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Bricks, mortar fire Inktomi civil war

With the garish neon of Vegas seeping into my room overlooking the Strip, I'm thankful that I prepared well for this year's Comdex.

With the garish neon of Vegas seeping into my room overlooking the Strip, I'm thankful that I prepared well for this year's Comdex. Friday night, I took my son Vermel and his girlfriend Ammonia Blossom to the Rolling Stones concert, where the sensory assault put anything here to shame. The video screens, light show, and thunderous pyrotechnics were undoubtedly designed to mask the fact that the Stones sounded no better than, well, a decent Stones cover band.

As Mick aerobicized and Keith smoked one Lucky Strike after another, Vermel and Ammonia couldn't stop giggling and making "Jurassic Park" jokes. Compared to Pearl Jam's down-to-earth opening act, the Stones traded mostly in Vegas-style schmaltz and nostalgia, giving people what they remembered. The reality didn't quite fit the illusion, as women tossed their bras onstage for these emaciated 50-year-old men in skintight trousers to hold in their teeth.

To show they weren't behind the times, the band at one point turned to the giant ovoid Jumbotron for a quick overview of the Bridges to Babylon tour Web site. Mick didn't even point-and-click his way to the polling page, he just narrated, prompting Vermel to snort, "Eddie Vedder would have done it himself."

The engineers at Inktomi know how to get

One silly prank...
One silly office prank...
things done themselves. In the latest installment of that company's ongoing prank war, engineering and sales-and-marketing exchanged mischievous blows. A dispute over a meeting room, according to my Inktomi informant, led the salesketeers to TP and saran-wrap the engineer cube farm, a banal frat prank if there ever were one.

Several steps ahead in the creative

...deserves another
...deserves another.
chaos department, the engineers came in on a Saturday night with bricks and mortar and built a doghouse around the cube of the TP-raid mastermind, forcing the person to crawl to work on hands and knees.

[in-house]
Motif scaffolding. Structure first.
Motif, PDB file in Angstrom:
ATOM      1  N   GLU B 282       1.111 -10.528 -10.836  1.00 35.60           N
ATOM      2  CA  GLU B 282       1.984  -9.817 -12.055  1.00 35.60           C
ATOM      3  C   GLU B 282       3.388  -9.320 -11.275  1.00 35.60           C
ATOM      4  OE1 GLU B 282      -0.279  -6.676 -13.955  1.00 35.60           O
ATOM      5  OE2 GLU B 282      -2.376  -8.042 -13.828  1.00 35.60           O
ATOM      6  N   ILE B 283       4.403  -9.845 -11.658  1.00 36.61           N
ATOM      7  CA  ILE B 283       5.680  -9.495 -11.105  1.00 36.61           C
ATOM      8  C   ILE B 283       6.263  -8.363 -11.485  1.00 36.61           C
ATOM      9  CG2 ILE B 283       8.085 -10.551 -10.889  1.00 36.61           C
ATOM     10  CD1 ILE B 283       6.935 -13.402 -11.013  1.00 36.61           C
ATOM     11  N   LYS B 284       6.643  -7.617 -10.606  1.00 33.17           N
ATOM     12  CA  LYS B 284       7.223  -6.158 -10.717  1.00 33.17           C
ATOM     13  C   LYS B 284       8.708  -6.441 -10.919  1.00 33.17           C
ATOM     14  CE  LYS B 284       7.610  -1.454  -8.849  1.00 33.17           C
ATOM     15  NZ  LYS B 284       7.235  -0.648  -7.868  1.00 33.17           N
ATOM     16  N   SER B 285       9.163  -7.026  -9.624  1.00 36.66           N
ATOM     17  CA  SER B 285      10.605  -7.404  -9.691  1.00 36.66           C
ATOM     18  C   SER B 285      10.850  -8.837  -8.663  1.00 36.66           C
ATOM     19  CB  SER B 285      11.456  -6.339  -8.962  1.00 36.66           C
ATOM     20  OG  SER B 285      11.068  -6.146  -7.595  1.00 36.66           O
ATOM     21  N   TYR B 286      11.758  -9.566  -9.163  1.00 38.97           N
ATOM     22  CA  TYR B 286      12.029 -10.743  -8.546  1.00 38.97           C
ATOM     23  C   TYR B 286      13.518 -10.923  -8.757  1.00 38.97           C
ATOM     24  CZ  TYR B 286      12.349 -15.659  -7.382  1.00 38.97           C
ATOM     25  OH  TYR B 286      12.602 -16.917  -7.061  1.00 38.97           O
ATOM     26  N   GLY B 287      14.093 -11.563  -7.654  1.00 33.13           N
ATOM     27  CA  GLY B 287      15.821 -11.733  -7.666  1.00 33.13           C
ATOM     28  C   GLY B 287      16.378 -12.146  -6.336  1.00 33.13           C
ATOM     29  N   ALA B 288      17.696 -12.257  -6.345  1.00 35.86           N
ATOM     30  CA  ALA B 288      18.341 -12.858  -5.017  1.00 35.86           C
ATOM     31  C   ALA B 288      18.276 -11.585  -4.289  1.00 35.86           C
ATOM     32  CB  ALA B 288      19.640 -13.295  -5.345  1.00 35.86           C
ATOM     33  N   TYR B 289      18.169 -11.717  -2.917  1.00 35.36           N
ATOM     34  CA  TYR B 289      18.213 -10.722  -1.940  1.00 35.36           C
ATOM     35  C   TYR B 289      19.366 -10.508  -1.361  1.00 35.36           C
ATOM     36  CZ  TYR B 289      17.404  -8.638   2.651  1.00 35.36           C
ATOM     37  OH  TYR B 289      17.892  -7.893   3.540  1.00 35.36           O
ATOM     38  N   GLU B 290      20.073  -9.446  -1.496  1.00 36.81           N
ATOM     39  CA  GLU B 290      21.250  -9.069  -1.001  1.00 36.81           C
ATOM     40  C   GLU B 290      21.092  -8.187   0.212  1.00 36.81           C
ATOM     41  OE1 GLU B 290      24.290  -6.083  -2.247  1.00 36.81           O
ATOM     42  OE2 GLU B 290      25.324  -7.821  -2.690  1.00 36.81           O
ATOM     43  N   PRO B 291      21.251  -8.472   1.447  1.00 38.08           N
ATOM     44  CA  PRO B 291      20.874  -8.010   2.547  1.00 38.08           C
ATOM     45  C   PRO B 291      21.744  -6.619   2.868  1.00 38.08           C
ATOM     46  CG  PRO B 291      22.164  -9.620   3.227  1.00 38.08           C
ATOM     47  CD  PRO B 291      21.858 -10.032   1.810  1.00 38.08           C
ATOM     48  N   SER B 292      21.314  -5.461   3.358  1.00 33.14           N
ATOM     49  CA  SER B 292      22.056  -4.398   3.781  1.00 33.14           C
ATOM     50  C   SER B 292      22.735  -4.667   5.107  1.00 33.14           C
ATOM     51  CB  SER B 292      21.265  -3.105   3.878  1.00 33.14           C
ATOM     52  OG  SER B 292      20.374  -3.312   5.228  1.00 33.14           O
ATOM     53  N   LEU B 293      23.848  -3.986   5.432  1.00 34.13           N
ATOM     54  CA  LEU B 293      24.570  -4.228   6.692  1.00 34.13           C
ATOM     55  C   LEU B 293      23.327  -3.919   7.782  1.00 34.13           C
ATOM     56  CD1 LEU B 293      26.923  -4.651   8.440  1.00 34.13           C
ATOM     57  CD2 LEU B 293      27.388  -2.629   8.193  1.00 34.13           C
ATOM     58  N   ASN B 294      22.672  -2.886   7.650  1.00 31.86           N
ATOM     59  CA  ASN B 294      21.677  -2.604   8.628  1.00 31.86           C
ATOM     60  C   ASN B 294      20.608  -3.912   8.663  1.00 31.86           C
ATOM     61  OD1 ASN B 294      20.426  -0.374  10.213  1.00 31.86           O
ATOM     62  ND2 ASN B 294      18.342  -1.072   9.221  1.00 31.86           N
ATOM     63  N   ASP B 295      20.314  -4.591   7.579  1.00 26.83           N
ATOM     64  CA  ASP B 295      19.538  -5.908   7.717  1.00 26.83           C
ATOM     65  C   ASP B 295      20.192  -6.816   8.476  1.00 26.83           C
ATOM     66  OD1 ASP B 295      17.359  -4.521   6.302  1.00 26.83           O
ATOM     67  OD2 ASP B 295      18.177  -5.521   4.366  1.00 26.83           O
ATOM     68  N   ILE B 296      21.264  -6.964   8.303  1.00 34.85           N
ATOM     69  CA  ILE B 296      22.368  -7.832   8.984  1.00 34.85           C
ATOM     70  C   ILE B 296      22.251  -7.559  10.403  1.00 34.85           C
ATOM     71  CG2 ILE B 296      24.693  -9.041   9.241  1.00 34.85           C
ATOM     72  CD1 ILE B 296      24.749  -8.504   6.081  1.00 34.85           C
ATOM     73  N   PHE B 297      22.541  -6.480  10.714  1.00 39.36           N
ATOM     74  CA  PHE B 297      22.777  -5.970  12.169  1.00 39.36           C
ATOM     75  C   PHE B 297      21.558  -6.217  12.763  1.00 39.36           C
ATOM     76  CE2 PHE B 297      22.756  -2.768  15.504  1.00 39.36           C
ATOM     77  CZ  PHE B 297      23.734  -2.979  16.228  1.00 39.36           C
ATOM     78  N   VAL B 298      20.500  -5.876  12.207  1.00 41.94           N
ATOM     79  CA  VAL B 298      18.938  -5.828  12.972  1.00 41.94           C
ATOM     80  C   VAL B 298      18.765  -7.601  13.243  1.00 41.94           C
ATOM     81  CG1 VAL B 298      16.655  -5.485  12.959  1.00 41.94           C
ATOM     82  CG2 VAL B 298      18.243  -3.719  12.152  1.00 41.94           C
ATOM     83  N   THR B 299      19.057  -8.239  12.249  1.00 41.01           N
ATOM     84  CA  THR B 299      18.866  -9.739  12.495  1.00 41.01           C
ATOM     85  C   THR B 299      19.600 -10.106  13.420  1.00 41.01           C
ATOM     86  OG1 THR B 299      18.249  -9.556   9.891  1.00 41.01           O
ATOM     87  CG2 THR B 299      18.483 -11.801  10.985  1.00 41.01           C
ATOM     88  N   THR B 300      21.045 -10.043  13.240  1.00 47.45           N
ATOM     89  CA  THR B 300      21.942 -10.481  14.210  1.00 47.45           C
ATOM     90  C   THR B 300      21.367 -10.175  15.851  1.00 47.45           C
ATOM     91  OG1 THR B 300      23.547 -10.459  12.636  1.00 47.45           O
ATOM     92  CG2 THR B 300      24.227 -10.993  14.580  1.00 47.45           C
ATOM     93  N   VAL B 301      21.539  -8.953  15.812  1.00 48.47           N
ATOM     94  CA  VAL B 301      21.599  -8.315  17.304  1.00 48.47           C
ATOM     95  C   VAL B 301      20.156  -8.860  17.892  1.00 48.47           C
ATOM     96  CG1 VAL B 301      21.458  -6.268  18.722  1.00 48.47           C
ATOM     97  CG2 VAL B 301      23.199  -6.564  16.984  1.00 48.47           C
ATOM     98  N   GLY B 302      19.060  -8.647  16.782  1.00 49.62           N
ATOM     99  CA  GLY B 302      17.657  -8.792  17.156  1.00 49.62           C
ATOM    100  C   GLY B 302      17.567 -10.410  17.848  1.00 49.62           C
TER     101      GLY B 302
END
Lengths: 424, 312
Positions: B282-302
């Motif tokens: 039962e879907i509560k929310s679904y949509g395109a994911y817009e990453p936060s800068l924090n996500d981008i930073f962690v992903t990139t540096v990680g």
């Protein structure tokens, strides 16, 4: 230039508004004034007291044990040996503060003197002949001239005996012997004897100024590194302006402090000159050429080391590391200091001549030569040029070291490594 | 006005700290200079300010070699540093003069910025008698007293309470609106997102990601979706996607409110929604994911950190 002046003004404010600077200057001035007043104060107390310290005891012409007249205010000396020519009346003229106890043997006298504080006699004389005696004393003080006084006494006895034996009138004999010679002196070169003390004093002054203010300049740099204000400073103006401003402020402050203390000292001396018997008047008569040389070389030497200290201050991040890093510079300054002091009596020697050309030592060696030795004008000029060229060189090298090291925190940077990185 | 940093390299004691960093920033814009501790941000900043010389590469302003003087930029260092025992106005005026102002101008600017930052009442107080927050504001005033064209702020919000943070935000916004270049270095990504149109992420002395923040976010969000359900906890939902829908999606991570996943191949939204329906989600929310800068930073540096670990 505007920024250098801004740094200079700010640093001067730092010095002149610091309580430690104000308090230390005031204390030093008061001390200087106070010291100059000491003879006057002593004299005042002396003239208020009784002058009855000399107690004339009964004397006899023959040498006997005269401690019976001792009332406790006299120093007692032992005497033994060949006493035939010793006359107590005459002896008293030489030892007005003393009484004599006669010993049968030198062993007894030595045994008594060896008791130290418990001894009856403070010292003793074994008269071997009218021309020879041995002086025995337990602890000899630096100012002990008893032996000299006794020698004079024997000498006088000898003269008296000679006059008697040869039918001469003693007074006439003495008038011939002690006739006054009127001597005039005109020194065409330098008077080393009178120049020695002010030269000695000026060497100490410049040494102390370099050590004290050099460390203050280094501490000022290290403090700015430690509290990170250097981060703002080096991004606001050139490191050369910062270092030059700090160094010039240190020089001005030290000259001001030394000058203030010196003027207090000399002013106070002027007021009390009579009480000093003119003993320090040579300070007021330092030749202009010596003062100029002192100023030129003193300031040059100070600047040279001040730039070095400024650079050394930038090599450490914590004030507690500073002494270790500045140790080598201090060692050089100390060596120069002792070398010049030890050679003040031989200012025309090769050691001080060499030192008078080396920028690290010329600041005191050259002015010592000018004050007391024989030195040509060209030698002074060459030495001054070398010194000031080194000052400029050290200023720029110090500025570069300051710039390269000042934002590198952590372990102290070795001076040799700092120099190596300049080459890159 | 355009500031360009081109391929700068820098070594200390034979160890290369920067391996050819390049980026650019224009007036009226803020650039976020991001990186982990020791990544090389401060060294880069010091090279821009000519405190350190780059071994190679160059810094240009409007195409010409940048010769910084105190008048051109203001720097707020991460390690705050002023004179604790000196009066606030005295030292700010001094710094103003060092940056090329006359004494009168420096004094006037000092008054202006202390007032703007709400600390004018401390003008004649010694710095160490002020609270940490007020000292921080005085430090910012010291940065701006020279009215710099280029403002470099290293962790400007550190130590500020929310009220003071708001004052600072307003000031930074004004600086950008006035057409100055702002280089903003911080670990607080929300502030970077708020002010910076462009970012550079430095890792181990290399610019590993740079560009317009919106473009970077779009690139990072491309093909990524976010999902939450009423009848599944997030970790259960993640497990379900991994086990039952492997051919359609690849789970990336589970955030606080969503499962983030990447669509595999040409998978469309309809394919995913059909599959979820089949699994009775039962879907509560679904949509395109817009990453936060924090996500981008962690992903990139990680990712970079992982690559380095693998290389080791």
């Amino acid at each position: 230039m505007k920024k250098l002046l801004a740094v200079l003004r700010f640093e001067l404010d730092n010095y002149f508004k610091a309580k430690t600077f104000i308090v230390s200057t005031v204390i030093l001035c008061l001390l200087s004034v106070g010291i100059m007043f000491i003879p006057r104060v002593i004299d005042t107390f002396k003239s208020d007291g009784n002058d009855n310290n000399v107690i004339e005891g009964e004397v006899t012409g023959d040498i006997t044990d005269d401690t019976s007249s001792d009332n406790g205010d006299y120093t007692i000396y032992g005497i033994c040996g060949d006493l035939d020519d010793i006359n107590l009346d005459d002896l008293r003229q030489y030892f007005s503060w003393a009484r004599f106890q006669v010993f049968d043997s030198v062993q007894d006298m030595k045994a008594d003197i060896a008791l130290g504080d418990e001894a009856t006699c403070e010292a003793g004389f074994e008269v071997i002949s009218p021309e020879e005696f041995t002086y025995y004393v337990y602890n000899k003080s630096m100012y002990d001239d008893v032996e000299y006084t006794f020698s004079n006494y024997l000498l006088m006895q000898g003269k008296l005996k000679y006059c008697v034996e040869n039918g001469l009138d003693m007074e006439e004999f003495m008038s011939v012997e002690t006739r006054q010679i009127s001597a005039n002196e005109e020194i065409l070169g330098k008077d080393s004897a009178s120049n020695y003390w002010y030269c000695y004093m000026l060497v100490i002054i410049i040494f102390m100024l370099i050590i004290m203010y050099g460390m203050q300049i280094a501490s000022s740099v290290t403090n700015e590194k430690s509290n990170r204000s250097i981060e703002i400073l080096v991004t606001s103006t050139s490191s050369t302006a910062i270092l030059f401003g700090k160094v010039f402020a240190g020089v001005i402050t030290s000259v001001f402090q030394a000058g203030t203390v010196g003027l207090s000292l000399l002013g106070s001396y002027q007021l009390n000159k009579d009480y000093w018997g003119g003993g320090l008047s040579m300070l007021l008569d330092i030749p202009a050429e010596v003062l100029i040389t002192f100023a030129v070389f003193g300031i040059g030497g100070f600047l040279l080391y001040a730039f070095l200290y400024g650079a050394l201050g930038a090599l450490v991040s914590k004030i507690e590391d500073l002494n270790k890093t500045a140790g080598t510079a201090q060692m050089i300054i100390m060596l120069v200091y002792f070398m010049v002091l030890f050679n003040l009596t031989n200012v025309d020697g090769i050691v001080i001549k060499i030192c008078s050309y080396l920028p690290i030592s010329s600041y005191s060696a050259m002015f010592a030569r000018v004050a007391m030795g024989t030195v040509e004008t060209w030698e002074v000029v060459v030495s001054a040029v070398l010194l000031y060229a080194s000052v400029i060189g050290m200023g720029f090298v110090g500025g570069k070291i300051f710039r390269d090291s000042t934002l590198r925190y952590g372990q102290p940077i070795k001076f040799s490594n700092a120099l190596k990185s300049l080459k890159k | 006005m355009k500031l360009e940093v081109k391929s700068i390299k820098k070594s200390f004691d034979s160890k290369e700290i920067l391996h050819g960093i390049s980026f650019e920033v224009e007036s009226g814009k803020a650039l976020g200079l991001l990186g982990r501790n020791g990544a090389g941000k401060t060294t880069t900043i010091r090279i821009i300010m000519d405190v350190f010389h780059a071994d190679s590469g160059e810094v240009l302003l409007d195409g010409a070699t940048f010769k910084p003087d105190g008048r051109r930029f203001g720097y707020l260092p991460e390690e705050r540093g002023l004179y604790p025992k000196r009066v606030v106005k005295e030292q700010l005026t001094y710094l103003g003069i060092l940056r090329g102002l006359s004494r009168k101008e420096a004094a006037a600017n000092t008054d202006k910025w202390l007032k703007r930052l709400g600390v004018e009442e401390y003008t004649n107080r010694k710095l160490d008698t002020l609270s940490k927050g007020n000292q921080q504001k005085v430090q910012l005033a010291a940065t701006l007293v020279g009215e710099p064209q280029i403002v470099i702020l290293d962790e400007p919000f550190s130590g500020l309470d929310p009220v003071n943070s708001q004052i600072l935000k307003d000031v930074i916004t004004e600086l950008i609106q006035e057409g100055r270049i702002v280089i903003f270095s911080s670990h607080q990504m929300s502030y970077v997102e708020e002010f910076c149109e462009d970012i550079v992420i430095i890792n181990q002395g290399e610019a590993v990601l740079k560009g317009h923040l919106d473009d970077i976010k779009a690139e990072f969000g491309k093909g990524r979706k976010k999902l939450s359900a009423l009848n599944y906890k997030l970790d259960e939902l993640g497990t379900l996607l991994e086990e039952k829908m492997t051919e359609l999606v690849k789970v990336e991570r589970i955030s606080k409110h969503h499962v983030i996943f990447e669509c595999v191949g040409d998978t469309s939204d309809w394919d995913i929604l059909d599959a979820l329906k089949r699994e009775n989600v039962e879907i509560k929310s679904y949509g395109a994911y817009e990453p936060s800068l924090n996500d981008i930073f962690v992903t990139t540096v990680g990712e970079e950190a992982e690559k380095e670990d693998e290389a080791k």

Not content with the physical victory, the engineers also rigged an ad to HotBot, the Wired search tool with an Inktomi engine, that popped up whenever someone from inktomi.com used the service. The ad read "Don't mess with the engineers!" and linked to a Web site with photos from the illustrious deed.

Once the drinks flow and the desert winds howl, I'm sure Comdex will see its share of silly behavior. All the preshow reports focus on the scramble to get a room or a cab this week, and how the hotels jack up the rates because their gambling revenues drop like a rock, but I'm amazed at the number of non-Comdexers in town. I took a quick poll at breakfast this morning--without revealing my identity, of course--and found that three out of five people in the Westward-Ho $2 buffet lounge recognized Java as "That stuff right there in your cup, dumb ass."

If you're looking to avoid techies on your next vacation, stay away from Hawaii in February. One sharp-as-a-saber source tells me that Compaq is flying a whopping 2,500 employees to Hawaii in February for meetings, pep talks, long moonlit walks on the beach, and all the vapid motivational images they can stuff into their duffel bags.

PC maker Dell might need a holiday after being in the spotlight of the DOJ's antitrust investigation of Microsoft. My fellow News.commies quoted Dell's William Morris as saying that the inclusion of IE in Windows doesn't "diminish our willingness to provide a different Web browser such as Netscape Navigator."

OK, so if I go to the Dell online store and treat myself to one of them fancy PCs y'all offer, I can get a heaping side order of Navigator, right? Wrong. The spec sheets for the available small business and home systems list "Windows 95 with Internet Explorer 4.0" as the default operating system with nary a Nav in sight, not even in the "nonfactory installed software" options.

Ah, so much promise, so little reward, just like the come-hither seduction of this most American of all towns, where the illusion of eternal riches and 24-hour fantasyland fun bumps up against waitresses with aching arches, illegal immigrants handing out porno flyers, and chain-smoking desperation at the quarter slots. Tune in Thursday for more double dealings and tawdry tattle, and don't forget to send me your own two cents.